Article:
There are many obstacles to diversity in science. In any nation, there will be cultural and societal factors — often intersecting — that prevent the full research potential of one population group or another being fulfilled. One manifestation is discussed on page 211.
We at Nature have attempted to put our own house in order, and have produced just a scratch on the surface of one particular challenge — the low proportion of women contributing to our own content. That scratch is there thanks to actions taken since we focused on this issue in an Editorial a little over a year ago (see Nature 491, 495; 2012).
So what have we achieved? In the visibility of women in our pages, progress has indeed been made.
In the News & Views section, the proportion of female authors has increased from 12% in 2011 to 19% in 2013.
The proportion of women appearing in profiles by our journalists has increased from 18% in 2011 to 40% in 2013. That does not include the four profiles in our ‘Women in science’ special issue early this year (see nature.com/women).
The number of articles by women in our World View section, which is driven by current topics, has remained low, now running at 12%. By contrast in 2013, 33% of Comment articles had at least one female author (27% of them had a woman as the first author). The combined total of World View and Comment articles with at least one woman author in 2013 is 26% — an improvement on 19% in 2011–12.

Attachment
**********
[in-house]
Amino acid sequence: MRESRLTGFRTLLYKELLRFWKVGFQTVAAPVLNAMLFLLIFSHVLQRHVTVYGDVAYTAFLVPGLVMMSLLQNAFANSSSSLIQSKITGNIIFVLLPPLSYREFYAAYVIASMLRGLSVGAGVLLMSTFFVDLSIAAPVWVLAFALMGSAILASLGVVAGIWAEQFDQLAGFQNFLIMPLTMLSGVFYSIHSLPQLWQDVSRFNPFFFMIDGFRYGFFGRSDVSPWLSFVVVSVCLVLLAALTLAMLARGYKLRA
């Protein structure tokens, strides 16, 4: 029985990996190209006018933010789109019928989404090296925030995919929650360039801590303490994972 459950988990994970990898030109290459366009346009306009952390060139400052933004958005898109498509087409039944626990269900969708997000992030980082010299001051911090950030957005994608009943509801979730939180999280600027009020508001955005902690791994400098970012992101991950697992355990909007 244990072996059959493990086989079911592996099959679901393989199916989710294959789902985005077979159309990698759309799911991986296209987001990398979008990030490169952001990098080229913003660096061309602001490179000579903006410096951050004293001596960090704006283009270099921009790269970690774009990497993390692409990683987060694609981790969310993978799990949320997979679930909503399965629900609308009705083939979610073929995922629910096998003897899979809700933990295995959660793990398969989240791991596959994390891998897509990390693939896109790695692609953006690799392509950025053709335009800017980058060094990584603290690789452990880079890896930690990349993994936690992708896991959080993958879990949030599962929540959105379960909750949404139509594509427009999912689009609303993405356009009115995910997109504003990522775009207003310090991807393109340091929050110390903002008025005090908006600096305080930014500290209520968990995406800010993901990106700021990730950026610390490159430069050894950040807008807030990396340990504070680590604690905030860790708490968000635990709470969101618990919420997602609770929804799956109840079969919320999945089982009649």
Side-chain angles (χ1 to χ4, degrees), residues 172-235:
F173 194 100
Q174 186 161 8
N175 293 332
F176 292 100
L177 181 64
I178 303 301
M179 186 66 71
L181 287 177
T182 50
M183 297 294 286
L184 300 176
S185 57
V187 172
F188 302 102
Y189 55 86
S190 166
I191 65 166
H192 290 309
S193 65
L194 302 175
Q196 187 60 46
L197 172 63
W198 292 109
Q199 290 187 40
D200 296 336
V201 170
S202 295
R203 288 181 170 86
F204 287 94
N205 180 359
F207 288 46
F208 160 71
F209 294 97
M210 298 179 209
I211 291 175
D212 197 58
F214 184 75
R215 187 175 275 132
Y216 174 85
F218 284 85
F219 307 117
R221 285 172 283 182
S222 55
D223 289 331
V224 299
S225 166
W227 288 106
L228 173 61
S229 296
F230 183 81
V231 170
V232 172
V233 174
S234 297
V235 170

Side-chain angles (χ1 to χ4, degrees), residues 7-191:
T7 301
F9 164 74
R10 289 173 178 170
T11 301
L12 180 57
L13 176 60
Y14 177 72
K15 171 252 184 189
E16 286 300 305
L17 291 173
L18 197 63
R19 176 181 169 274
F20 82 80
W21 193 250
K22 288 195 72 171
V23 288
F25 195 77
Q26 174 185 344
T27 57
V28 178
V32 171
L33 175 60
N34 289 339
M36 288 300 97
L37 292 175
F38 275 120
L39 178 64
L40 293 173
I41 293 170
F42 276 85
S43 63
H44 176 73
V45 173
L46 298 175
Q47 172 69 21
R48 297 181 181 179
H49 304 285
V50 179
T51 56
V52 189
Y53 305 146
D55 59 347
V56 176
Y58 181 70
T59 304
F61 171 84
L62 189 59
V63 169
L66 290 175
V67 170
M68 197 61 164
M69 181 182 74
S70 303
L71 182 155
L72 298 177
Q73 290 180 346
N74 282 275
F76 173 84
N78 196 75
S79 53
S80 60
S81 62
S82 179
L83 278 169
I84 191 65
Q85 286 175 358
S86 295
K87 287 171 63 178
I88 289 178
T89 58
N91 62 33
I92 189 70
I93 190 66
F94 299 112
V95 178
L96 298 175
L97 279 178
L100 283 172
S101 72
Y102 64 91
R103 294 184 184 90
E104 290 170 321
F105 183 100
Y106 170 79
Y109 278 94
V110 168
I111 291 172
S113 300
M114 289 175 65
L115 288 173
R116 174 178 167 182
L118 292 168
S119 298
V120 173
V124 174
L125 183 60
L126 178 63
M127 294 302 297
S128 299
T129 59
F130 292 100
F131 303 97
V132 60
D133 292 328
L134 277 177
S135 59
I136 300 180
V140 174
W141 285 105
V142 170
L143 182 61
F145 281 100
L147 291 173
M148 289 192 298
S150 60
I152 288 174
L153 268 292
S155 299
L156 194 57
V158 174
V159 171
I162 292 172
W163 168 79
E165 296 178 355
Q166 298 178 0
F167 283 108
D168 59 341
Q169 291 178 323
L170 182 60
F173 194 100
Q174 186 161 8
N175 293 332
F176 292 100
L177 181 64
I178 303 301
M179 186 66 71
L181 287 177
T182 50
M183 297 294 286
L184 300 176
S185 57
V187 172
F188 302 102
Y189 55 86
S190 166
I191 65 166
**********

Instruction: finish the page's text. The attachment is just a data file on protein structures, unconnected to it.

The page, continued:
In our Editorial a year ago, we highlighted the need for a ‘gender loop’ — a conscious step in which an editor deliberately identifies several female candidates before selecting authors and profile subjects in our magazine sections, and referees for our research papers.
In this last category, the result has been disappointing — the number of women referees has remained all too low. From 14% in 2011, the proportion of women fell to 12% in 2012 and then rose to 13% in 2013. Taking into account uncertainties resulting from ambiguities in some names, these numbers are essentially on a plateau.
Efforts have been made by research editors, when visiting labs and meetings, and when surveying the literature, to increase the number of women invited to act as reviewers. Women already make up only a small proportion of the potential referees, owing to the demographics of the research community. And our efforts have made us all the more aware that a higher proportion of women than men decline our invitations to referee. We have not investigated this with a survey, but informal comments indicate that women tend to be that much more busy.
The lesson in this tale is: we must try harder.
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